These trees still keep the spirit of poetry

Настя Булавинова училась на журфаке СФУ, но в прошлом году всей семьёй они переехали в Москву. И теперь Настя — столичный житель, обучается в РГУ им. А.Н. Косыгина (по-прежнему — журналистике). В Красноярске Настя писала в нашу газету — о событиях, о людях, о кино и пр. А сейчас она прислала для читателей УЖ зарисовку о Пастернаке (кстати, их студенческая группа как-то в выходные убирала могилу писателя и поэта; а один из преподавателей, театрал, устроил публичные чтения в музее под музыку, пение). Вспомнив, что мы в газете практиковали публикации текстов на английском для тренировки знания этого языка студентами СФУ, Настя решила продолжить опыт. И потренироваться сама — в написании текста на английском!

Literature teachers often talk to students about places like Yasnaya Polyana and Tsarskoye Selo. Peredelkino village, however, seems to be a less popular topic of their stories, but Soviet authors took shelter there walking through the century-old trees and contemplating life, love and poetry. That is the place where Boris Pasternak created his stories and where he died.

The trees

After a twenty minute train trip from the center of Moscow you’ll notice a white two-storied House of Creativity and its’ wide balcony. There is a lot of black-and-white portraits of famous and unknown people on the walls of the first floor. The building is surrounded by a forest that has not so many trees, and the trees are dry and old. Half of them have basically become stumps because of strong winds. The administration has decided to take away the broken one, but modern artists disagreed, as those are the ones that still keep the spirit of poetry. They watched Boris Pasternak writing "Doctor Zhivago" and suffering from the hatred of contemporaries. They listened to Bella Akhmadulina reading her poems aloud. They felt the pain of

Alexander Fadeev writing a suicide note and taking his life by a gunshot. They knew the lives of dozens of Soviet classics, who received dachas in Peredelkino thanks to Maksim Gorky, better than anyone.

The thing is that writers tried to build a special village with dachas for authors in the 1930s here, but soon they understood that it could not happen without a help of treasury. Maksim Gorky then persuaded the government to allocate houses that authors could use free of charge.

Recently, artists have organized some installations in these places to preserve the memory about the poets who lived there. Artur Bondar and Oxana Yushko pinned photos of classics taken in Peredelkino to the surface of stumbs and shabby tree trunks. Maria Kalmikova and Maksim Protsenko used hand tools to turn several trees lying on the ground into eyes larger in size than human body. "These places historically have a negative atmosphere. There were informants who reported on writers. The eyes watch us" — Maria commented on the installation, putting an iron circle which she uses as an iris to a curved trunk. The eyes watch what Peredelkino, where artists resist criminals and drunk tourists, is going to become.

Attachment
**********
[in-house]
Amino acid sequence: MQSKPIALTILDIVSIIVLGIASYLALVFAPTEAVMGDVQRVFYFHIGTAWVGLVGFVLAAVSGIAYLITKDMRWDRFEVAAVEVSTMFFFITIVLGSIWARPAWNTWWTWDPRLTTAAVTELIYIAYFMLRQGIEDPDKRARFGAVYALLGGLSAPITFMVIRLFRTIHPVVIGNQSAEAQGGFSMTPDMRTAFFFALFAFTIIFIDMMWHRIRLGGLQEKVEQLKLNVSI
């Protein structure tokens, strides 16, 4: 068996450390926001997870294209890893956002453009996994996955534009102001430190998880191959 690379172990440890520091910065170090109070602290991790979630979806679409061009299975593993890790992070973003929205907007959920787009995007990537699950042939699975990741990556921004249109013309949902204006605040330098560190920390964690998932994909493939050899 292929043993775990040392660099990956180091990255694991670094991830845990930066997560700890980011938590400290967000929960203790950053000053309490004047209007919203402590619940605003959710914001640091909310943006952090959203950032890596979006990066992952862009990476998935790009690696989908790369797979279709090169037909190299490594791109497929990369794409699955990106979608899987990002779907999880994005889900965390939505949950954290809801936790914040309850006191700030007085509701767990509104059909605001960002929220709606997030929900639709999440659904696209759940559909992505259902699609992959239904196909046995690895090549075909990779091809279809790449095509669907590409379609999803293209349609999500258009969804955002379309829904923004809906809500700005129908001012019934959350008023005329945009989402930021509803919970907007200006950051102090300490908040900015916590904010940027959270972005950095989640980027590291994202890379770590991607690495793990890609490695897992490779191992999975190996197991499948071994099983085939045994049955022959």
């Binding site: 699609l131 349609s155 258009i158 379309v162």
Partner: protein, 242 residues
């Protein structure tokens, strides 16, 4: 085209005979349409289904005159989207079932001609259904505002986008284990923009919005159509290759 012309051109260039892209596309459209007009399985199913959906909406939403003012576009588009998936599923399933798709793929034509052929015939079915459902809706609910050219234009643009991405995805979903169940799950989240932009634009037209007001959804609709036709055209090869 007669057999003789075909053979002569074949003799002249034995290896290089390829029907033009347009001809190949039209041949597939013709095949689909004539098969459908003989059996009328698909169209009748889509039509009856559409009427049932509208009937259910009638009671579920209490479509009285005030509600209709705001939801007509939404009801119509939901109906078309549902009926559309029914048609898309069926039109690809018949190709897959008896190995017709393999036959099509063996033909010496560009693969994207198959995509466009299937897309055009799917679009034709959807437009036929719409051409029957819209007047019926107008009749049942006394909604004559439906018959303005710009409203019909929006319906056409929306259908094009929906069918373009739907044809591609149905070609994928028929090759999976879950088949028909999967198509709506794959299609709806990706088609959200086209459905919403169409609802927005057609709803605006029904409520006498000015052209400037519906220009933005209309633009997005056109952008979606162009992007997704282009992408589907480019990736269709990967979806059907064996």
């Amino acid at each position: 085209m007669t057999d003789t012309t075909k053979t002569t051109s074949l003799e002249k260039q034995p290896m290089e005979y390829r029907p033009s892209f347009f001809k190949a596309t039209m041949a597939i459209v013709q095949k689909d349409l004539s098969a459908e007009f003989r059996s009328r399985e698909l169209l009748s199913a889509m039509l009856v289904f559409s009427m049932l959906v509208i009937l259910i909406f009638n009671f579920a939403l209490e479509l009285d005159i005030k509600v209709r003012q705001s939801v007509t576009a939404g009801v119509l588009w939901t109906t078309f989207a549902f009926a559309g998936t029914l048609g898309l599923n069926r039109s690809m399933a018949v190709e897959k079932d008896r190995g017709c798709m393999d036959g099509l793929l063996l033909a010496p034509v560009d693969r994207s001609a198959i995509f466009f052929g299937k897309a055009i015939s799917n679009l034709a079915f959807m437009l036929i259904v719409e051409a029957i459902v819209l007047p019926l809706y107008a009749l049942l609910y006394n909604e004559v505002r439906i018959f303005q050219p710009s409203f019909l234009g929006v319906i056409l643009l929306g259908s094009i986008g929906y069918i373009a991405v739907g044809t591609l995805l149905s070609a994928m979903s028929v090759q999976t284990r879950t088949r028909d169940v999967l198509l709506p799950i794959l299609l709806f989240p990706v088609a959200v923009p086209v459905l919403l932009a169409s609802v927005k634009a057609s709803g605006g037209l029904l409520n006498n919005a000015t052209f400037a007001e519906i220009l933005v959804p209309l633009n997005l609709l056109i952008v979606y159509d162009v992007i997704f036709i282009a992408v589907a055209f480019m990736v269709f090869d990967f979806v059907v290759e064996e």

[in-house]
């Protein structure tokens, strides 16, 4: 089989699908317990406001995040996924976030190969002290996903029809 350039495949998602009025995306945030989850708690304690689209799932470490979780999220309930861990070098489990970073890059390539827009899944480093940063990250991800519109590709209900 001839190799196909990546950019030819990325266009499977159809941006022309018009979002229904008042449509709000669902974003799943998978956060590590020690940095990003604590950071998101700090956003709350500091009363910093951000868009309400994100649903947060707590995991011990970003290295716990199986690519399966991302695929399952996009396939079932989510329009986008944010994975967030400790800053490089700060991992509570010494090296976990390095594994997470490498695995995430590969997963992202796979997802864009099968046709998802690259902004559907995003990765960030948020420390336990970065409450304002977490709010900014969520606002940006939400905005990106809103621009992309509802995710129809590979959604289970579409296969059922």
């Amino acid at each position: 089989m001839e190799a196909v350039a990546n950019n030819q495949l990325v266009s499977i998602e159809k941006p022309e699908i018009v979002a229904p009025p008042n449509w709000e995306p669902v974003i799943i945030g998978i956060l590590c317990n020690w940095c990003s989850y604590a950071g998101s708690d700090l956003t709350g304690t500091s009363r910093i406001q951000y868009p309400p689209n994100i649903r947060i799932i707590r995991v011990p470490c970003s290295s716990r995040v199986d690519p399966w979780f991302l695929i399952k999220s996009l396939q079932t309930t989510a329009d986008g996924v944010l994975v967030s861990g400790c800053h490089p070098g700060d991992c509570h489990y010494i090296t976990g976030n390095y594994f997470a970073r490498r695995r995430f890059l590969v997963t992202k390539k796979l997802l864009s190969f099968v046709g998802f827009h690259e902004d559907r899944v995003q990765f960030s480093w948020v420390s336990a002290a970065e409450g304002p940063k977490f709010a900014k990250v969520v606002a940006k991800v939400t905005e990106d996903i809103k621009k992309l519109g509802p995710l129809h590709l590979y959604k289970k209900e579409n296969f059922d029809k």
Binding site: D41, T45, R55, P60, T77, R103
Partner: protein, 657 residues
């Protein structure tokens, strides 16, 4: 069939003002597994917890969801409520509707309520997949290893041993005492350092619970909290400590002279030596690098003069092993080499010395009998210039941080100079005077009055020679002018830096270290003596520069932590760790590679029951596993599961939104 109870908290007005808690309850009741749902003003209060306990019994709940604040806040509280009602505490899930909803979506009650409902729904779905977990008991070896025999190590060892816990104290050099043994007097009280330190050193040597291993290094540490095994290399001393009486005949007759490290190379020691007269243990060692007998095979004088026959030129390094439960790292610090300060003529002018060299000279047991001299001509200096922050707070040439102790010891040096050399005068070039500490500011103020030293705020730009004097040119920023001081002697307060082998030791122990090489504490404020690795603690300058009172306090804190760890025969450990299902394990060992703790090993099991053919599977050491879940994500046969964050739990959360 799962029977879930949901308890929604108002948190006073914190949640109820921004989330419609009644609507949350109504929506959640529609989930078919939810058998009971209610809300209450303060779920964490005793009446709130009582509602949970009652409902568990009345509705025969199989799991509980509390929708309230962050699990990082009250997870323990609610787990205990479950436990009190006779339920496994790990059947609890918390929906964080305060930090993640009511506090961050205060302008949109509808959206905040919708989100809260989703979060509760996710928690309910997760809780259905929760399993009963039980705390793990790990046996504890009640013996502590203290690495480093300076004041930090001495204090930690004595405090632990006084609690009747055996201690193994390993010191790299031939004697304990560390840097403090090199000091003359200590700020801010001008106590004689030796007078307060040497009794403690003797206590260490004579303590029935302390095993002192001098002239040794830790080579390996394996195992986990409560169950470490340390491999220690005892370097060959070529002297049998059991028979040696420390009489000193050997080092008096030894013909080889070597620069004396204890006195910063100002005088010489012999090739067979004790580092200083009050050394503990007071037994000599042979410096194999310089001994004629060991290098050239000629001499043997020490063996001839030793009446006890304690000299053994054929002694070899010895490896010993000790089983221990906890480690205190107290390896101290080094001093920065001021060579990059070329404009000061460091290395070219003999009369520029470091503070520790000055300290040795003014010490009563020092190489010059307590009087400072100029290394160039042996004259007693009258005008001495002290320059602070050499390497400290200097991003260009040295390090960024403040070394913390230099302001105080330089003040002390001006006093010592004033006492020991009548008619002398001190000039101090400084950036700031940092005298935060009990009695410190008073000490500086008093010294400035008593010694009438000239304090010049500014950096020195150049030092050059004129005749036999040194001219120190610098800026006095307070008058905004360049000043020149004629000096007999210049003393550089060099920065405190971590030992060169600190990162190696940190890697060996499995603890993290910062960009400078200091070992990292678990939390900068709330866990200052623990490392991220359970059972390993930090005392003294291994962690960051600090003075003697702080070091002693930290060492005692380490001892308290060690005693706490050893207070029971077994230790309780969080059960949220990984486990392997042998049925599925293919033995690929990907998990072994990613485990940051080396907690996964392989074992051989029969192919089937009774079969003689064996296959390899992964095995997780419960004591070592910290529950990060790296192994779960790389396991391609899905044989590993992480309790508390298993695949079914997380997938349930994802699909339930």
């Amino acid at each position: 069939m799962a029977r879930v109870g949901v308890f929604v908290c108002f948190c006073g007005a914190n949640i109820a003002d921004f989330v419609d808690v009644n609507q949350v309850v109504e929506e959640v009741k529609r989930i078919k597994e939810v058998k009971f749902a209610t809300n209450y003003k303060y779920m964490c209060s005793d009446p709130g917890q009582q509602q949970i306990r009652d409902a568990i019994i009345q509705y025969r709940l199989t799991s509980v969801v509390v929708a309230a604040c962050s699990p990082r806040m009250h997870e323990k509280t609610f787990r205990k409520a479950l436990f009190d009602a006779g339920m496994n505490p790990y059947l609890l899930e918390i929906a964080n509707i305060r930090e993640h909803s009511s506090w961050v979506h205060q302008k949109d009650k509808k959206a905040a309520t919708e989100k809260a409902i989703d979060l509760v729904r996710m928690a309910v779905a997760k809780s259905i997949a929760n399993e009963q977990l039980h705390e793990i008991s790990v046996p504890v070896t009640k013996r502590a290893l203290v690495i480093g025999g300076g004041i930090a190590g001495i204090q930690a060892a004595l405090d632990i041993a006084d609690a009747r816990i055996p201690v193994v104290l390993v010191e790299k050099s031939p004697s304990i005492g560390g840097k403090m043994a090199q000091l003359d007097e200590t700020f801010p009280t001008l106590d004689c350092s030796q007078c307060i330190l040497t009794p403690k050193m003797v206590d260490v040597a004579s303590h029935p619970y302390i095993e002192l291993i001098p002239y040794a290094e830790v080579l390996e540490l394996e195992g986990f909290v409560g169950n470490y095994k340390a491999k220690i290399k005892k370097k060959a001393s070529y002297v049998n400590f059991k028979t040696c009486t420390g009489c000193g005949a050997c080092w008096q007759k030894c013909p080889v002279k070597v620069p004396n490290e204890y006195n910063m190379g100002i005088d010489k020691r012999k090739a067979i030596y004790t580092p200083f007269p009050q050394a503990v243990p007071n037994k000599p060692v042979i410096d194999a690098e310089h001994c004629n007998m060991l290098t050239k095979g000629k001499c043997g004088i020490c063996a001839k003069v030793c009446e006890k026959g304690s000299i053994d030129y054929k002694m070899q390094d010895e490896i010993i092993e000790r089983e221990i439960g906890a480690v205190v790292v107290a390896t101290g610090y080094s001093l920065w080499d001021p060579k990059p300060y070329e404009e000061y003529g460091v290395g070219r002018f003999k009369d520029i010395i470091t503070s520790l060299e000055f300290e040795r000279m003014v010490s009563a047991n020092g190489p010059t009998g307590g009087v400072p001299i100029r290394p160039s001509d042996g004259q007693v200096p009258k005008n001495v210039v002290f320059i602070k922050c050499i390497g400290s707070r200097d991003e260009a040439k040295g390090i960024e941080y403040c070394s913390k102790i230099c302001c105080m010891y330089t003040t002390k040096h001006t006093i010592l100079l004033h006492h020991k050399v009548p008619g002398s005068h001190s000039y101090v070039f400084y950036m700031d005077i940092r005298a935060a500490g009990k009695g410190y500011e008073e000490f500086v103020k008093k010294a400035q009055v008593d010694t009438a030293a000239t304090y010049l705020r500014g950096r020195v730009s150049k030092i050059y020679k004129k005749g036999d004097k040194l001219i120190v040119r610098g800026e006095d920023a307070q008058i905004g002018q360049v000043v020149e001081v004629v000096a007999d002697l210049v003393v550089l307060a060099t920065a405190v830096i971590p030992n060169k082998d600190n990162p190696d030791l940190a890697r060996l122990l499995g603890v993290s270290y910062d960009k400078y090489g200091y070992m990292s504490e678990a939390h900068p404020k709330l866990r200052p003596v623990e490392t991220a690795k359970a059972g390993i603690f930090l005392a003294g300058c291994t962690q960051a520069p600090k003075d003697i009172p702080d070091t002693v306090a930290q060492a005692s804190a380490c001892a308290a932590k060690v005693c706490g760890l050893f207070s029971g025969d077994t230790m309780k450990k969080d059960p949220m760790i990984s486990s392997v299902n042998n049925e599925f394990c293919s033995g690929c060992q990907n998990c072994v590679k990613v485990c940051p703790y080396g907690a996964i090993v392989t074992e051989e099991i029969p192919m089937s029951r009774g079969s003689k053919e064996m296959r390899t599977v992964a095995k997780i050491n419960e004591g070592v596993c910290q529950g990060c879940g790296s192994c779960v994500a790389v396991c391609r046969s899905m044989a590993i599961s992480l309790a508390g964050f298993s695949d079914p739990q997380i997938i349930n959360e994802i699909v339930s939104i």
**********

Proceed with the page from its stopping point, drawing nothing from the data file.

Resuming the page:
The exile

Some of my mates and I went to Peredelkino just to have a walk and to feel the atmosphere of poetry. We passed by dozens of dachas and opened a short gate. We saw an enormous two-storied brown house with windows taking almost the whole walls. A rope was stretched between the

building and the garage. Lots of paper sheets with parts of poems in Russian and English were attached to it. The inscriptions seemed to say that a writer and translator used to live in the house. Most of them belong to Boris Pasternak, who has spent his last 24 years there with his late love Olga Ivlinskaya.

This dacha was a place of Pasternak's exile and the only house where nobody was afraid of him and where he had the respect of the people. They respected his style of thought and life.

The beams of the sun were dimly shining through the windows. There was nothing unnecessary on wooden tables. There were some pictures made by his father on the walls. It looks like the rooms were never touched by the woman's hand. The soul of meditative ascetic walks from room to room in that lifeless and empty house.

Boris Pasternak was writing "Doctor Zhivago" there, and after he finished it in ten years, there wasn’t a single newspaper in USSR ready to publish his novel. But Italian publishers took it. In Holland people published the book for the first time. In Belgium and Austria people gave the pocket-sized book for free to Russian tourists. In USSR people bullied the author, organized meetings against him and avoided him in the village. Pasternak had to refuse the Nobel's prize because of the bullying.

The pain brought the writer to the coffin. The coffin which is covered by cruelty in a Peredelkino's cemetery. The coffin which tourists are walking on, they’re taking photos of a white marble monument, reading poems of Pasternak, who was acknowledged only after his death. But now the coffin stands surrounded by other dead poets who hated him or quietly agreed with him. The cost of a place in the cemetery is not measured by money, but by the value of their works.

The eternity

After getting rid of our bottomless bags we are walking on a small road through a tiny lake and then go up to the hill. The evening sun, passing the wood, lies on grey and stones that all look the same. The stones stand in several rows. There is a big inscription "Member of CPSU" on the bottoms of these stones. There are names of these members and two numbers written with a dash between them.

There is another one near them. It is tall, white and made of marble. It looks new. Black letters show us a nickname — Korney Chukovsky, only one number — 1882, a dash and nothing else.

Yellow and red leaves, which are ready to fall down from the trees and die, rustle over our heads. The secrets of silent people, whose names stay in our lives forever, hide under our legs.